The homemade sign for Mitt Romney in the yard of a well-manicured but modest home in Leadville, Colo., forlornly signals the fracture of another onetime supporter of Barack Obama.
If Romney wins the presidency on Tuesday, the national media, the Washington establishment and the bulk of academia will have missed something huge that happened in “flyover” America under their watch.
It is a story that few have told.
It reminds one of the famous quip by New Yorker film critic Pauline Kael following Richard Nixon’s landslide 1972 victory: “I live in a rather special world. I only know one person who voted for Nixon.”
Two years after suffering a historic shellacking in the 2010 midterm election, Democrats astonishingly have ignored Main Street Americans’ unhappiness.
That 2010 ejection from the U.S. House, and from state legislatures and governors’ offices across the country, didn’t happen inside the Washington Beltway world.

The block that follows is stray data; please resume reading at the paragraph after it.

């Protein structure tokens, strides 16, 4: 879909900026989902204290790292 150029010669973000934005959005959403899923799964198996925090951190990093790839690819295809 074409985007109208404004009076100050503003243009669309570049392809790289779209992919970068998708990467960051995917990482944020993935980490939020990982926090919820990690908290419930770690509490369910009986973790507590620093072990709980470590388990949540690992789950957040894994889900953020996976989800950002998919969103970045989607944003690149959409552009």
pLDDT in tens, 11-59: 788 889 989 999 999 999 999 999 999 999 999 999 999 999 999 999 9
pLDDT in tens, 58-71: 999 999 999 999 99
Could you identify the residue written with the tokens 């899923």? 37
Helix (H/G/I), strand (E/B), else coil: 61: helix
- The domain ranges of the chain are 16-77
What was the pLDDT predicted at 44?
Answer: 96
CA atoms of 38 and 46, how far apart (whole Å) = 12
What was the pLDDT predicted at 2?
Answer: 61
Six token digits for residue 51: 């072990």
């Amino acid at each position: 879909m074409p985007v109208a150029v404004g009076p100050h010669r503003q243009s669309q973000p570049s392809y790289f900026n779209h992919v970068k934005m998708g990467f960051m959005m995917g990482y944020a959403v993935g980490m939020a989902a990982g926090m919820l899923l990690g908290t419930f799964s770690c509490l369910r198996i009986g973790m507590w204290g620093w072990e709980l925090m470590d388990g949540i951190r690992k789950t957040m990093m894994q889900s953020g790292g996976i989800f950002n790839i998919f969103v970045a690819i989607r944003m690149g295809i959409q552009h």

It didn’t reflect the Democrats’ or the media’s conventional wisdom or voter-turnout models. So it just wasn’t part of their reality.
In Democrats’ minds, it was never a question of “How did we lose Main Street?” Instead, it was the fault of the “tea party” or of crazy right-wing Republicans.
Yet in interview after interview — in Colorado, along Nebraska’s plains, in small Iowa towns or Wisconsin shops, outside closed Ohio steel plants and elsewhere — many Democrats have told me they are furious with the president. Not in a frothing-at-the-mouth or racist way, as many elites suggest. They just have legitimate concerns affecting their lives.
Never once have Main Street Americans heard Washington elites ponder, “What did we Democrats do to lose the confidence of so many voters?”
On Tuesday we get to send a message to Obama and the Democrats:
“CAN YOU HEAR US NOW?“